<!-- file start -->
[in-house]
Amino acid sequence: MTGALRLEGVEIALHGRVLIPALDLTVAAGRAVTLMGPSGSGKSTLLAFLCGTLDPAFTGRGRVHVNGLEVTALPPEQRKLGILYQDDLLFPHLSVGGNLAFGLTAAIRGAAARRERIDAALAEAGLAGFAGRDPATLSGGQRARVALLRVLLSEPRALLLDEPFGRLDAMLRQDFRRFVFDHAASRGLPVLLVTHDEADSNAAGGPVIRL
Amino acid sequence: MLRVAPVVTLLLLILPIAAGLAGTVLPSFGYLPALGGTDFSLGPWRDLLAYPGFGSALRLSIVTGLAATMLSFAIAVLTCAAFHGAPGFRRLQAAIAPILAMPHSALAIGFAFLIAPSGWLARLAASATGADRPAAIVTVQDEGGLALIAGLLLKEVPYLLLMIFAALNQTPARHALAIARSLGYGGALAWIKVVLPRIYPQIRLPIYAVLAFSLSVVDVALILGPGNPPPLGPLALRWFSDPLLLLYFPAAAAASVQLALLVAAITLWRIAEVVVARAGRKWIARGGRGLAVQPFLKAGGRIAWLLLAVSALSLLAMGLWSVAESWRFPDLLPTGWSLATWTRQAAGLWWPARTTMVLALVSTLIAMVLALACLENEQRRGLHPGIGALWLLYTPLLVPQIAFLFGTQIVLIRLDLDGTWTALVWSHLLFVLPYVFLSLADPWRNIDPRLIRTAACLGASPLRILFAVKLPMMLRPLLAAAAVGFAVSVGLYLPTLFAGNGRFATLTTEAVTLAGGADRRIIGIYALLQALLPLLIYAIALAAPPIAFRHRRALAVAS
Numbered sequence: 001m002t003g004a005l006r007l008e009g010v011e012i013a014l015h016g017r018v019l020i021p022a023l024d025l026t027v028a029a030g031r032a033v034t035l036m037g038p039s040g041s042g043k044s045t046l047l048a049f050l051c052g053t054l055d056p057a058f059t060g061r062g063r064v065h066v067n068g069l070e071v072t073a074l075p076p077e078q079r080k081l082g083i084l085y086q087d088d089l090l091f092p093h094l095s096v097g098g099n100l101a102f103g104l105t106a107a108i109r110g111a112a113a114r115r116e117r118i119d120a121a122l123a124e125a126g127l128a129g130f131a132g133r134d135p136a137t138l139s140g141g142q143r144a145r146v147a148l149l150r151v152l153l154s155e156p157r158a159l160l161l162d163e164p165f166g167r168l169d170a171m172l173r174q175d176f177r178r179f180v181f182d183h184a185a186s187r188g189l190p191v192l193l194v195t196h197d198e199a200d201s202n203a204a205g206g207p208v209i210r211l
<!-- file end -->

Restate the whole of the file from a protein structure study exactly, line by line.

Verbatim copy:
[in-house]
Amino acid sequence: MTGALRLEGVEIALHGRVLIPALDLTVAAGRAVTLMGPSGSGKSTLLAFLCGTLDPAFTGRGRVHVNGLEVTALPPEQRKLGILYQDDLLFPHLSVGGNLAFGLTAAIRGAAARRERIDAALAEAGLAGFAGRDPATLSGGQRARVALLRVLLSEPRALLLDEPFGRLDAMLRQDFRRFVFDHAASRGLPVLLVTHDEADSNAAGGPVIRL
Amino acid sequence: MLRVAPVVTLLLLILPIAAGLAGTVLPSFGYLPALGGTDFSLGPWRDLLAYPGFGSALRLSIVTGLAATMLSFAIAVLTCAAFHGAPGFRRLQAAIAPILAMPHSALAIGFAFLIAPSGWLARLAASATGADRPAAIVTVQDEGGLALIAGLLLKEVPYLLLMIFAALNQTPARHALAIARSLGYGGALAWIKVVLPRIYPQIRLPIYAVLAFSLSVVDVALILGPGNPPPLGPLALRWFSDPLLLLYFPAAAAASVQLALLVAAITLWRIAEVVVARAGRKWIARGGRGLAVQPFLKAGGRIAWLLLAVSALSLLAMGLWSVAESWRFPDLLPTGWSLATWTRQAAGLWWPARTTMVLALVSTLIAMVLALACLENEQRRGLHPGIGALWLLYTPLLVPQIAFLFGTQIVLIRLDLDGTWTALVWSHLLFVLPYVFLSLADPWRNIDPRLIRTAACLGASPLRILFAVKLPMMLRPLLAAAAVGFAVSVGLYLPTLFAGNGRFATLTTEAVTLAGGADRRIIGIYALLQALLPLLIYAIALAAPPIAFRHRRALAVAS
Numbered sequence: 001m002t003g004a005l006r007l008e009g010v011e012i013a014l015h016g017r018v019l020i021p022a023l024d025l026t027v028a029a030g031r032a033v034t035l036m037g038p039s040g041s042g043k044s045t046l047l048a049f050l051c052g053t054l055d056p057a058f059t060g061r062g063r064v065h066v067n068g069l070e071v072t073a074l075p076p077e078q079r080k081l082g083i084l085y086q087d088d089l090l091f092p093h094l095s096v097g098g099n100l101a102f103g104l105t106a107a108i109r110g111a112a113a114r115r116e117r118i119d120a121a122l123a124e125a126g127l128a129g130f131a132g133r134d135p136a137t138l139s140g141g142q143r144a145r146v147a148l149l150r151v152l153l154s155e156p157r158a159l160l161l162d163e164p165f166g167r168l169d170a171m172l173r174q175d176f177r178r179f180v181f182d183h184a185a186s187r188g189l190p191v192l193l194v195t196h197d198e199a200d201s202n203a204a205g206g207p208v209i210r211l